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How do redheads inherit their ginger locks? Scientists uncover the truth in largest ever DNA hair study

It was previously believed that a single gene determined whether or not a person would inherit ginger hair

Sabrina Barr
Tuesday 11 December 2018 15:33 GMT

With redheads making up approximately one to two per cent of the world’s population, there’s been much intrigue into how individuals with flame-coloured hair inherit their ginger locks.

While it's previously been believed that the inheritance of a single recessive gene controls whether or not a person will inherit ginger hair, a new study has uncovered several formerly unidentified genes that are also involved.

In what’s been described as the “largest genetic study of human hair colour”, a team led by scientists at Edinburgh University carried out an investigation using data from the UK Biobank study.

The scientists assessed DNA from almost 350,000 individuals, comparing the DNA of people with ginger hair to those with blonde, brunette and black hair.

It was formerly understood that the MC1R gene determined whether or not a person would be a redhead.

Jessica Chastain at the 23rd Annual Critics' Choice Awards on 11 January 2018 (Getty Images)

However, when comparing redheads to those with brunette or black hair, the scientists were able to identify eight genetic differences connected with redheads that they hadn’t detected before.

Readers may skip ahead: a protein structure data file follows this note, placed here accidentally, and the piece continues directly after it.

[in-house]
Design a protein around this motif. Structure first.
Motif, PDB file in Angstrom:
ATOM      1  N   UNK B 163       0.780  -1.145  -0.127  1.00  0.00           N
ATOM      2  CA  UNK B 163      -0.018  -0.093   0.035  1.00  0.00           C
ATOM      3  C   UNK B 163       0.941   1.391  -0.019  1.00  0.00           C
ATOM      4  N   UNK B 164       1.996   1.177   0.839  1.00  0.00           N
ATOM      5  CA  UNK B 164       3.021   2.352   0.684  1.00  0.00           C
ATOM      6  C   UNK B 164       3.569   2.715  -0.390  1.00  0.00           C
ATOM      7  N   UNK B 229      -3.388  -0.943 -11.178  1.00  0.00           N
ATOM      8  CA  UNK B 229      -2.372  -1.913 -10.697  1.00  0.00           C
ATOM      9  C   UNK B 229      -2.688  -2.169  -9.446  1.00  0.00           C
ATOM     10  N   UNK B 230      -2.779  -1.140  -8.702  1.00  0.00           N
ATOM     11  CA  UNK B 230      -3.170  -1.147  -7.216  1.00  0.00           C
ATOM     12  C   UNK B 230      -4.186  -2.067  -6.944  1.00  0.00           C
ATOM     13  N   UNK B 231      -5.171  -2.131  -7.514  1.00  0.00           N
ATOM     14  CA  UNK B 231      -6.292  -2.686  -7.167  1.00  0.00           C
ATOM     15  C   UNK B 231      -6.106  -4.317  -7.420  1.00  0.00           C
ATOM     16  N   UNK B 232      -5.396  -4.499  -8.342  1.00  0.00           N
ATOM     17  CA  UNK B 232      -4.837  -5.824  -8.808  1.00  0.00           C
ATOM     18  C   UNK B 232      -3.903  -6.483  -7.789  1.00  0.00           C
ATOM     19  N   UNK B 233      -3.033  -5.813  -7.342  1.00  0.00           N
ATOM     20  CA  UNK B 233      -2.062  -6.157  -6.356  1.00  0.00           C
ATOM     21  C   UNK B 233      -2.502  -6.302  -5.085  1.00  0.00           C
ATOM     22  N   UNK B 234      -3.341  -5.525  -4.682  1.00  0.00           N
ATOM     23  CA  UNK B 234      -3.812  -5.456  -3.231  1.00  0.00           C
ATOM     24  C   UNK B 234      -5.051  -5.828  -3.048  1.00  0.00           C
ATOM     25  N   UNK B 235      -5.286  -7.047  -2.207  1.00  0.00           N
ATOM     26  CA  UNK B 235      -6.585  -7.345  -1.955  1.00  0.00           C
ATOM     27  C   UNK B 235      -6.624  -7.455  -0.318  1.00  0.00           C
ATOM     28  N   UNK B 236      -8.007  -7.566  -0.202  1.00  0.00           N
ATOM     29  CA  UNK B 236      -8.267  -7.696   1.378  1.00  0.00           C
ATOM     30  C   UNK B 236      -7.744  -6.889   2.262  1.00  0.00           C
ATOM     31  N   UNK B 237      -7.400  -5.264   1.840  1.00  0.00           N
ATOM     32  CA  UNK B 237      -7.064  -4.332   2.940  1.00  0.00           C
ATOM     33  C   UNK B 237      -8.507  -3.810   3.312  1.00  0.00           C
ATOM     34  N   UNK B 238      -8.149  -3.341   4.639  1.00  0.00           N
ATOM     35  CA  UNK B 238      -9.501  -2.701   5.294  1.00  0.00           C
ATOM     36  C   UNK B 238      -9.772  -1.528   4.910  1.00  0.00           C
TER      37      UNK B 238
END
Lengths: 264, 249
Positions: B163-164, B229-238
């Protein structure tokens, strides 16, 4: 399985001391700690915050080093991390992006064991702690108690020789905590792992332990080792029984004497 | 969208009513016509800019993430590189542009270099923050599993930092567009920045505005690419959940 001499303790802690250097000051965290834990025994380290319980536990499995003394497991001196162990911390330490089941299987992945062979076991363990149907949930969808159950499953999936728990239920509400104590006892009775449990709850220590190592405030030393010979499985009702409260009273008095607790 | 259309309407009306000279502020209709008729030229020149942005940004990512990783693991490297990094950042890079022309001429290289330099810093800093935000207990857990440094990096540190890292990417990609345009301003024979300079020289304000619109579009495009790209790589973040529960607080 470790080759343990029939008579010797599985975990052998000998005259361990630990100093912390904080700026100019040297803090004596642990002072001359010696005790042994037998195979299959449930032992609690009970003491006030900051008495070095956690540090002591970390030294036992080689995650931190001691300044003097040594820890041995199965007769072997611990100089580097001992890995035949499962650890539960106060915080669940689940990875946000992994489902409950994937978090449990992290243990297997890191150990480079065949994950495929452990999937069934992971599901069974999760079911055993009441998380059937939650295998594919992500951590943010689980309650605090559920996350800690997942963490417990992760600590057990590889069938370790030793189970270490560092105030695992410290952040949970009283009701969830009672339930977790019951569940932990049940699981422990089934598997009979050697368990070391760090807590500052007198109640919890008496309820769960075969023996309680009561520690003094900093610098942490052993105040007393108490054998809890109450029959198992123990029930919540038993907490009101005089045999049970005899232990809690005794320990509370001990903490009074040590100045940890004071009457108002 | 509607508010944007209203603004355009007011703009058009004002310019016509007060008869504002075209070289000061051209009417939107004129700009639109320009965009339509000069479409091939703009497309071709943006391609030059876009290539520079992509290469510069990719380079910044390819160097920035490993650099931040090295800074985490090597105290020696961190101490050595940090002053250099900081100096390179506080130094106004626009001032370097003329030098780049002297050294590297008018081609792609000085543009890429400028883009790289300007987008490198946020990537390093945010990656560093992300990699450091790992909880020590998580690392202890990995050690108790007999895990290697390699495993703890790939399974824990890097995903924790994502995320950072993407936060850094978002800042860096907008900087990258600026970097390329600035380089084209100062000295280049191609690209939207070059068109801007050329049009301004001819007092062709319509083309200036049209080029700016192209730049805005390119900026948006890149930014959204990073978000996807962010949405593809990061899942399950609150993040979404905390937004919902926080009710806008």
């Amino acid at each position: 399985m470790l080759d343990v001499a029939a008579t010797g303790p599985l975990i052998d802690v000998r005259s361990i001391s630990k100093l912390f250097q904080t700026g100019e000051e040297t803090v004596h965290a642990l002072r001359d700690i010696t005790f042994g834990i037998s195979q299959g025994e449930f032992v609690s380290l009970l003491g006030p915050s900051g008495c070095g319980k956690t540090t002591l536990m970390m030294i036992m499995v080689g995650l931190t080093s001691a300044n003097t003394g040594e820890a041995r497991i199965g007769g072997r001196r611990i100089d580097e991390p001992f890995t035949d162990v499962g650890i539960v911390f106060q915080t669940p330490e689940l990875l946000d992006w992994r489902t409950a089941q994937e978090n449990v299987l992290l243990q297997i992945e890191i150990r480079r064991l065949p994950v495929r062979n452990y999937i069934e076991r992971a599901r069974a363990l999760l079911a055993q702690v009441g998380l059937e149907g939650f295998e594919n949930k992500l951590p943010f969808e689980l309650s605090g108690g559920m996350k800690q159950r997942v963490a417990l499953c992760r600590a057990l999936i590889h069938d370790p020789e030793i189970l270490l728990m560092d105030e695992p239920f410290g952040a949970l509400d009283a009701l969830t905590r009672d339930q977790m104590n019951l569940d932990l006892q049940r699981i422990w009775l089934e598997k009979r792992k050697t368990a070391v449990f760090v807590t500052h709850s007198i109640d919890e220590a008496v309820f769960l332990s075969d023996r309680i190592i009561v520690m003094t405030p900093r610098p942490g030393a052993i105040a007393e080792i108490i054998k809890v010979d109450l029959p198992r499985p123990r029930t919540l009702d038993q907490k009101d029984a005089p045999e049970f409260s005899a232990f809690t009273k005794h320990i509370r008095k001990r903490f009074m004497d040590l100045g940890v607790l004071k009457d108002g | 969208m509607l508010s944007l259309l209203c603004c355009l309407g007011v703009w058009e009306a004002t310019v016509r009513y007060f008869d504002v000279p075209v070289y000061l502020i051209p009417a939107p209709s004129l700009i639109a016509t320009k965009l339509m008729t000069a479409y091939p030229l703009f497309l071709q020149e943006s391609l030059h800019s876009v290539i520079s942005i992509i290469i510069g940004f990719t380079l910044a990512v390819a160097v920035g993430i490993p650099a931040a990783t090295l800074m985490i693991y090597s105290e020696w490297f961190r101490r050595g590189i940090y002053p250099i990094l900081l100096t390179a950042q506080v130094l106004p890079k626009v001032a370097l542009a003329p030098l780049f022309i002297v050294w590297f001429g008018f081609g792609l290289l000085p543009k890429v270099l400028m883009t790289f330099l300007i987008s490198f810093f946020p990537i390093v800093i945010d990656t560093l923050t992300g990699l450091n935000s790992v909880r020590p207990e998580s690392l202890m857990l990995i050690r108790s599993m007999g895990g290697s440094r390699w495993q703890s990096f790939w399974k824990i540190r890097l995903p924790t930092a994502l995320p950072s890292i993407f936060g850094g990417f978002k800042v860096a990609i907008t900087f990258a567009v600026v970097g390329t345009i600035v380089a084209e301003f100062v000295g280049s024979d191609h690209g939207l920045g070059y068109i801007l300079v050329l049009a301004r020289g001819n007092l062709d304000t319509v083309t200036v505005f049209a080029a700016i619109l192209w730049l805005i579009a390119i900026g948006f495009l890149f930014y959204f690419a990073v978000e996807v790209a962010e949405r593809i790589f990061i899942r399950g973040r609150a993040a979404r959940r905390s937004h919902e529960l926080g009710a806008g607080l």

The study, which was published in the journal Nature Communications, solely assessed individuals with European heritage, due to the greater variability of hair colour among them.

Previous studies have shown that people with ginger hair inherit two versions of the MC1R gene, one from each of their biological parents.

However, not everyone who carries two versions of the MC1R gene will automatically become a redhead.

With this in mind, scientists were aware that there had to be other genes also involved, but until now didn't know what they were.

When taking a closer look at the functions of the newly discovered genetic variants, the researchers came to the conclusion that some of them are able to determine when the MC1R gene is switched on or off.

Julianne Moore at the Chanel Haute Couture Fall/Winter 2017-2018 on 4 July 2017 (Getty Images)

Melanie Welham, executive chair of the Biotechnology and Biological Sciences Research Council that helped to fund the research, has spoken about the study's fascinating findings.

"Once again, collaborative research is helping to provide answers to some of life's important questions," she says.

"BBSRC is pleased to have helped support the largest genetic study of human hair colour.

"It has provided some fascinating insights into what makes us such distinct individuals."

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In addition to the discovery of the eight genetic differences associated with ginger hair, the scientists also found almost 200 genes linked to blonde and brunette hair.

One of their most unexpected findings was the fact that many of these genetic differences affect hair texture, rather than colour.

On 5 November 2018, people in the US celebrated National Love Your Red Hair Day.

The day is an annual celebratory event that was created with the aim of making people who have ginger hair feel empowered and confident.

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